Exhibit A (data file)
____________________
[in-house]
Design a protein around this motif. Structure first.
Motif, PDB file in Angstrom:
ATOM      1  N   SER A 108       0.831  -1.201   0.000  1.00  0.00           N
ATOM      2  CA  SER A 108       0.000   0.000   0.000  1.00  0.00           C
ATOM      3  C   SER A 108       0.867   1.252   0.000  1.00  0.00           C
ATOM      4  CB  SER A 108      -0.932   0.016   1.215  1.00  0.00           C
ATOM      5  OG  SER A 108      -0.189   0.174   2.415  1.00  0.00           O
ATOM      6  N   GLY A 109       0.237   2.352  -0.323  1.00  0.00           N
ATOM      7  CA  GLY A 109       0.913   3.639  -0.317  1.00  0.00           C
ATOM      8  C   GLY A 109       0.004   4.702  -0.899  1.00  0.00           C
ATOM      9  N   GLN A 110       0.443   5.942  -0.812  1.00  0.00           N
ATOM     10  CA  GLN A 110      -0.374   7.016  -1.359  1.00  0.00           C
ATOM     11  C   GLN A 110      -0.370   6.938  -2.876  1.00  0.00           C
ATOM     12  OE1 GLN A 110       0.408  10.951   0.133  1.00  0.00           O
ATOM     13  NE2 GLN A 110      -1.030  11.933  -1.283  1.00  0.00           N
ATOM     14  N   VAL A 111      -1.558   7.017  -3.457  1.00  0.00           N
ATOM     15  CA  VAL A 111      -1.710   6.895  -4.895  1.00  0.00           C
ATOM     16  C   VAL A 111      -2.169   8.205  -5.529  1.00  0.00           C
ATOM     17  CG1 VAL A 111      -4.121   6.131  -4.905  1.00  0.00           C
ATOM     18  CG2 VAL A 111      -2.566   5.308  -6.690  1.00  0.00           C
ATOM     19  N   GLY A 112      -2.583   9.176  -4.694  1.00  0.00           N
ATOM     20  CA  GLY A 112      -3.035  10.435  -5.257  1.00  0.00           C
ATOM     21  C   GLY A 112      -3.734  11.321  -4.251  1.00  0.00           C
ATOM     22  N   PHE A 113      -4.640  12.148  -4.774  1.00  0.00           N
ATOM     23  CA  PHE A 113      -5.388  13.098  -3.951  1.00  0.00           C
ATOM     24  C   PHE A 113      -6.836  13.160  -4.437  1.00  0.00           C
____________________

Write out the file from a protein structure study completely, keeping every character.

[in-house]
Design a protein around this motif. Structure first.
Motif, PDB file in Angstrom:
ATOM      1  N   SER A 108       0.831  -1.201   0.000  1.00  0.00           N
ATOM      2  CA  SER A 108       0.000   0.000   0.000  1.00  0.00           C
ATOM      3  C   SER A 108       0.867   1.252   0.000  1.00  0.00           C
ATOM      4  CB  SER A 108      -0.932   0.016   1.215  1.00  0.00           C
ATOM      5  OG  SER A 108      -0.189   0.174   2.415  1.00  0.00           O
ATOM      6  N   GLY A 109       0.237   2.352  -0.323  1.00  0.00           N
ATOM      7  CA  GLY A 109       0.913   3.639  -0.317  1.00  0.00           C
ATOM      8  C   GLY A 109       0.004   4.702  -0.899  1.00  0.00           C
ATOM      9  N   GLN A 110       0.443   5.942  -0.812  1.00  0.00           N
ATOM     10  CA  GLN A 110      -0.374   7.016  -1.359  1.00  0.00           C
ATOM     11  C   GLN A 110      -0.370   6.938  -2.876  1.00  0.00           C
ATOM     12  OE1 GLN A 110       0.408  10.951   0.133  1.00  0.00           O
ATOM     13  NE2 GLN A 110      -1.030  11.933  -1.283  1.00  0.00           N
ATOM     14  N   VAL A 111      -1.558   7.017  -3.457  1.00  0.00           N
ATOM     15  CA  VAL A 111      -1.710   6.895  -4.895  1.00  0.00           C
ATOM     16  C   VAL A 111      -2.169   8.205  -5.529  1.00  0.00           C
ATOM     17  CG1 VAL A 111      -4.121   6.131  -4.905  1.00  0.00           C
ATOM     18  CG2 VAL A 111      -2.566   5.308  -6.690  1.00  0.00           C
ATOM     19  N   GLY A 112      -2.583   9.176  -4.694  1.00  0.00           N
ATOM     20  CA  GLY A 112      -3.035  10.435  -5.257  1.00  0.00           C
ATOM     21  C   GLY A 112      -3.734  11.321  -4.251  1.00  0.00           C
ATOM     22  N   PHE A 113      -4.640  12.148  -4.774  1.00  0.00           N
ATOM     23  CA  PHE A 113      -5.388  13.098  -3.951  1.00  0.00           C
ATOM     24  C   PHE A 113      -6.836  13.160  -4.437  1.00  0.00           C